The man behind the IGBT: An interview with Prof. Jayant Baliga (BT/EE/1969)

Prof. Jayant Baliga is an internationally recognized expert on power semiconductor devices. He is a Member of the National Academy of Engineering, a Fellow of the IEEE, and Distinguished University Professor at NCSU. Prof. Baliga has 18 books and well over 500 scientific articles to his credit and holds 120 U.S. patents. He is most well known for having invented, developed and commercialized the Insulated Gate Bipolar Transistor (IGBT) at GE.

For his work, Prof. Baliga has received numerous top honours and awards, including notably the Global Energy Prize, the National Medal of Technology and Innovation, and was named “One of the 8 Heroes of the Semiconductor Revolution” by Scientific American, to name just a few. In 2000, IIT Madras honoured him with the Distinguished Alumnus Award.

IIT Madras had the honour of receiving Prof. Baliga as the Chief Guest presiding over the 53rd Convocation Ceremony of the institute this year. The day before the Convocation, Prof. Baliga gave a talk titled “The IGBT Miracle: From Conception to Global Impact”. The talk was well attended by students, professors, alumni and dignitaries. Describing the origins of the invention back in 1980, Prof. Baliga talked about how, while working at the General Electrical R&D centre in New York, he came up with the IGBT, which switches energy hundreds of thousands of times a second, resulting in a multifold increase in the efficiency of all digital equipment and computer hardware. Today, The IGBT is extensively used in the consumer, industrial, lighting, transportation, medical, renewable energy, and other sectors of the economy. It has enabled enormous reduction of gasoline and electrical energy use, resulting in huge cost savings to consumers, and reduction of worldwide carbon dioxide emissions.

He discussed various aspects of the invention emphasizing how, in the last 25 years, IGBTs have saved over 73,000 TWh of energy, over 1,48 trillion gas gallons, and have also decreased CO2 emissions by 49. 5 billion metric tons, with customers’ savings having exceeded $23.7 trillion. Moreover, the IGBT can be said to have saved around $24 trillion by raising the efficiency of such equipment. Every motor today is at least 40% more efficient, the CFL is 75% better and a motor vehicle saves over 10% fuel because of this invention. It is not for nothing that Prof. Baliga has been called the man with the largest negative carbon footprint in the world!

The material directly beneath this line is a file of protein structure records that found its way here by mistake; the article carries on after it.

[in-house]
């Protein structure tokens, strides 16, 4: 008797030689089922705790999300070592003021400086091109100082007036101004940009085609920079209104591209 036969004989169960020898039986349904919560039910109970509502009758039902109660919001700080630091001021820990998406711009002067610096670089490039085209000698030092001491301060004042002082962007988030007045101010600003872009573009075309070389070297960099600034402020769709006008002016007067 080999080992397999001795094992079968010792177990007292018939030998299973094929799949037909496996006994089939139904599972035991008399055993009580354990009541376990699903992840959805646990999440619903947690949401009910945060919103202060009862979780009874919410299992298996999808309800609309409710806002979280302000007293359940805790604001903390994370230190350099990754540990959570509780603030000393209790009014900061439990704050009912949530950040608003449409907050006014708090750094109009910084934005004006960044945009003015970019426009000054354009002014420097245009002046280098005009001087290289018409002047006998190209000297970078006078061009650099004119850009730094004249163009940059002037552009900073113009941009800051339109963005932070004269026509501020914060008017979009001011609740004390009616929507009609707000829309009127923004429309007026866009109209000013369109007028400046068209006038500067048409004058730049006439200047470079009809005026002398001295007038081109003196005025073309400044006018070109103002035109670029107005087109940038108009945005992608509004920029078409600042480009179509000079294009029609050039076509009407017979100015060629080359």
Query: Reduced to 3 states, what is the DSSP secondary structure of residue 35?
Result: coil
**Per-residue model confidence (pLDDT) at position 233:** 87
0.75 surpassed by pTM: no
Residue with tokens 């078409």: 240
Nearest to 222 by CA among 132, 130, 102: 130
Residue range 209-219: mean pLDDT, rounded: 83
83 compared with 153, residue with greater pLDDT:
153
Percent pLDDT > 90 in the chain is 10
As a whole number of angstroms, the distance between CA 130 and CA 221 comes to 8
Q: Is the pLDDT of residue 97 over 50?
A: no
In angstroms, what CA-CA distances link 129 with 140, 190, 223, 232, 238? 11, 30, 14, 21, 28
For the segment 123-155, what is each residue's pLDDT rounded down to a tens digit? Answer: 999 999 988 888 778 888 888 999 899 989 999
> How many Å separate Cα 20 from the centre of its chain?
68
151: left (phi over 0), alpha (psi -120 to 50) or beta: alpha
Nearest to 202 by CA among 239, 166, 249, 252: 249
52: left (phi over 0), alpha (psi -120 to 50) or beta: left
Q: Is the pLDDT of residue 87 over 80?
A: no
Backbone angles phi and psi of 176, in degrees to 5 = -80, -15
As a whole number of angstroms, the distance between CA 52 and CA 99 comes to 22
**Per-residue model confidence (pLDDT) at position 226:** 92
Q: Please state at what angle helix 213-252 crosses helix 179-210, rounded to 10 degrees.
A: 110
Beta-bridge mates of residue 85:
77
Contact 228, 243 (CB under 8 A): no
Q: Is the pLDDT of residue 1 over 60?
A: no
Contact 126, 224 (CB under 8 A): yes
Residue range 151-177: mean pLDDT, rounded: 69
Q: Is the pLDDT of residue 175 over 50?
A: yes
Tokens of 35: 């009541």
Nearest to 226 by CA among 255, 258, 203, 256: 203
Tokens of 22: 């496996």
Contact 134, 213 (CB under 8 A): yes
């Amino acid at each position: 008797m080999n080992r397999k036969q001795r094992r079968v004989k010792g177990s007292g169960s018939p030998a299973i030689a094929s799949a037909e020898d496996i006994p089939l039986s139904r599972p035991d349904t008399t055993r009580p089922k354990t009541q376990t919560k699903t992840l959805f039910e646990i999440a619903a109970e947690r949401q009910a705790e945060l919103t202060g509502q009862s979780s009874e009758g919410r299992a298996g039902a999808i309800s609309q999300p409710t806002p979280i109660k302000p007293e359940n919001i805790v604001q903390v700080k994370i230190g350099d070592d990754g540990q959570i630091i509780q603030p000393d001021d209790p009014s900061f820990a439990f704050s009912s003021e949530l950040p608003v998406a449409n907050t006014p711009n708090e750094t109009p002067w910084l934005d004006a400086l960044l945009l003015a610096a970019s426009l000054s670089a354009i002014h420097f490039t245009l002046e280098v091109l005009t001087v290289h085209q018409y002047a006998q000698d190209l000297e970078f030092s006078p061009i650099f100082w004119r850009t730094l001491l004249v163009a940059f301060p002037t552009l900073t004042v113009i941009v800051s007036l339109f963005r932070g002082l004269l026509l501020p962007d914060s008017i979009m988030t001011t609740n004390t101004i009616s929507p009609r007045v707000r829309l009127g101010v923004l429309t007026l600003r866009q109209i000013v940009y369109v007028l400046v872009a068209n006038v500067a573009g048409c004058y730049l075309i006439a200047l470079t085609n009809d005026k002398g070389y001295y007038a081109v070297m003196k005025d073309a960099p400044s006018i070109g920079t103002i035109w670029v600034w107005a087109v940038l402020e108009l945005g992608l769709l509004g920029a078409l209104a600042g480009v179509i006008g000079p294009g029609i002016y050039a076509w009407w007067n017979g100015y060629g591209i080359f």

Jayant Baliga, here being given the National Medal of Technology and Innovation by President Obama, has saved the planet 100 trillion pounds of carbon emissions. (JIM WATSON/AFP/Getty Images)
Jayant Baliga, here being given the National Medal of Technology and Innovation by President Obama, has saved the planet 100 trillion pounds of carbon emissions. (JIM WATSON/AFP/Getty Images)

In between his busy schedule, he spoke to T5E about his career and work. You can also read a previous interview of Prof. Baliga by T5E’s Nithyanand Rao here.

IGBTs have become indispensable and ubiquitous today. Was the discovery of the IGBT in terms of today’s applications more by chance, which was then applied to all these industries, or was it more need-driven?

It was very application driven, and that is one of the main advantages of working with a very large and vertically integrated company like GE. By vertically integrated, I mean that not only do they build consumer electronics and aircraft engines, but also the necessary components for these products rather than relying on sourcing this technology from other firms. When I was working in GE in the 1980s, one of the engineers who wanted to build an adjustable speed drive was having trouble doing it with a simple bipolar transistor. So, he came to the research lab I was working at, and said that he desperately needed something better. It just so happened that I had been doing a lot of thinking on this problem already, and I told the management that my idea could not only be used for his application but also in many other fields.

So, it was not like “Oh we have a device, let’s see where can it be used”. Instead, this incident acted as the trigger for taking it from the idea stage to the product stage in a record ten months. After this incident, people discussed about even more uses of IGBT on their own. I was asked to give a presentation to the management discussing the complete idea and its applications across the verticals of GE like lighting, appliance controls, medical systems and so on. At the time, GE’s new Chairman, Jack Welch, was very young. The engineer who had approached me initially told the Chairman my idea; it’s very rare in a company of GE’s size for a research idea from a young scientist to reach the ears of the Chairman of the company. Because he wanted to create this business, he tried his best to impress Mr Welch with the help of this technology. There is seldom such a technology with such a wide-ranging application spectrum. So Mr. Welch said, “Okay, this is so important for my company, I better find out what this is”, and flew down from Connecticut to New York to meet me and learn about IGBT.

It was daunting back then, especially with a lot of critics at my heels. But he liked my presentation and affirmed support to my project and that was very very important in commercialising the technology. But, nothing was ready then. I had to design it, figure out the process of production, how to stop the latch out problem and control the speed, all within ten months. As soon as it was over, people were coming back to me and saying, “Look, we made this iron-box using your IGBT”, and I would be amazed at how quickly it was adapted by everyone. So, it was very much directed towards applications, and in an industry environment, that is what made it successful so fast. Also, it helped that I was smart enough to make it work the first time without failure, because critics were just waiting for me to stumble on the way.

The story of the development of the IGBT involves a lot of competing research labs. Could you give us a historical and factual context to this story?